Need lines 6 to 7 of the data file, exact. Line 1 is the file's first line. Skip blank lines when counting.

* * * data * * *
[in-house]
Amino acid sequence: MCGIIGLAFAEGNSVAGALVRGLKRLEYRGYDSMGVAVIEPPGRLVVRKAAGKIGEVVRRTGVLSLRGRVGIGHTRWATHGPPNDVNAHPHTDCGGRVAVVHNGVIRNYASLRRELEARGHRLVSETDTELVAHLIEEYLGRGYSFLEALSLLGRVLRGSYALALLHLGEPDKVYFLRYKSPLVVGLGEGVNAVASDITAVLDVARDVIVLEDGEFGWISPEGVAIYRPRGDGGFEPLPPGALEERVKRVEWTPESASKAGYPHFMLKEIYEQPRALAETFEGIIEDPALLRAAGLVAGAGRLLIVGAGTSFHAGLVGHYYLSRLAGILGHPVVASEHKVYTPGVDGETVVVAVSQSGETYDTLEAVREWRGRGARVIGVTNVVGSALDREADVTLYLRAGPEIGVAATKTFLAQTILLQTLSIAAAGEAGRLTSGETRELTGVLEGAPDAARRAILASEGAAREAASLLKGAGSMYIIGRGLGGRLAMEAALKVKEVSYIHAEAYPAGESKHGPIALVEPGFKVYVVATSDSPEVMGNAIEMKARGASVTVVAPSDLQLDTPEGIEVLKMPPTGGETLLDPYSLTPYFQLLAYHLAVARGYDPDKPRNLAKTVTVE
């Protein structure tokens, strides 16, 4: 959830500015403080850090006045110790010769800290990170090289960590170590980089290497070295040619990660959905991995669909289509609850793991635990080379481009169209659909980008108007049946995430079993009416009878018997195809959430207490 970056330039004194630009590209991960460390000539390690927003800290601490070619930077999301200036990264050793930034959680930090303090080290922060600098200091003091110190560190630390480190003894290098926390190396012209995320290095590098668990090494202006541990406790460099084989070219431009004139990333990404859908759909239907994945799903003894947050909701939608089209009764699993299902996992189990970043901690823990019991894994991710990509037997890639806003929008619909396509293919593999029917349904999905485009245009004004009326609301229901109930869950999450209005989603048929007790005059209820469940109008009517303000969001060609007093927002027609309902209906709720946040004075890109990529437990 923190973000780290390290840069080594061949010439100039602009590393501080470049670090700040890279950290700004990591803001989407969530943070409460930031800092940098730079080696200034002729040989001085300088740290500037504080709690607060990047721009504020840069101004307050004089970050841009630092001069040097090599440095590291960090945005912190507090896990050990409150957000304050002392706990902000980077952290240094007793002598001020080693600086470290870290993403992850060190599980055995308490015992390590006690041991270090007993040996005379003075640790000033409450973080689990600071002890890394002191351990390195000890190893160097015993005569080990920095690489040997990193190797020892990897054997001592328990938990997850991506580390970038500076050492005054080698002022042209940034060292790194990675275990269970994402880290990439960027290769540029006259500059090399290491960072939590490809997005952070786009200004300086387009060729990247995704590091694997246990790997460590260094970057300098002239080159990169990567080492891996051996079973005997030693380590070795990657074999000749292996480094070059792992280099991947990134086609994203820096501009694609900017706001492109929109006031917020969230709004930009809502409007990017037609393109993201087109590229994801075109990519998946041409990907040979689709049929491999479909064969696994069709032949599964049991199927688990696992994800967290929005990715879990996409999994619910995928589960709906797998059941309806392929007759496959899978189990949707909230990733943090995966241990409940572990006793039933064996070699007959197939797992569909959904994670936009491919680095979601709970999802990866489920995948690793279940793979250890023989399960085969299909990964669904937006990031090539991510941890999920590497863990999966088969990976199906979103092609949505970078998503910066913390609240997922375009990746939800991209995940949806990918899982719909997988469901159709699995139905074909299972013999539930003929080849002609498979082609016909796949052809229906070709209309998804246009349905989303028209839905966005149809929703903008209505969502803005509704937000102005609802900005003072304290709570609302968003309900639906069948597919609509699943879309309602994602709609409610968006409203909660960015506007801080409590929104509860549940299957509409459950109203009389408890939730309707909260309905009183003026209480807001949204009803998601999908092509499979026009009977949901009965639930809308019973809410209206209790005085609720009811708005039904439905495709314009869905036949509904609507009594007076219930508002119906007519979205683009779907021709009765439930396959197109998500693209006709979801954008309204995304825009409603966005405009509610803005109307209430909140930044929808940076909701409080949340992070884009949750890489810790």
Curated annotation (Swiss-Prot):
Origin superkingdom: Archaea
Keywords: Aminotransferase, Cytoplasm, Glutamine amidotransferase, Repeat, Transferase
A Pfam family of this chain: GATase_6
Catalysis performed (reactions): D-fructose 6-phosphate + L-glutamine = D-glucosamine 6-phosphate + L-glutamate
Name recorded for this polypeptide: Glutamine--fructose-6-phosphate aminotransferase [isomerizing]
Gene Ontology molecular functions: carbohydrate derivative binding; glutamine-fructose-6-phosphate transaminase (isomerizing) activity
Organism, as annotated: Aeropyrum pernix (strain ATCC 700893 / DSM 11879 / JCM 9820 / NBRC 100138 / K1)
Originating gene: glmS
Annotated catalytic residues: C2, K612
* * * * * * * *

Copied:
Keywords: Aminotransferase, Cytoplasm, Glutamine amidotransferase, Repeat, Transferase
A Pfam family of this chain: GATase_6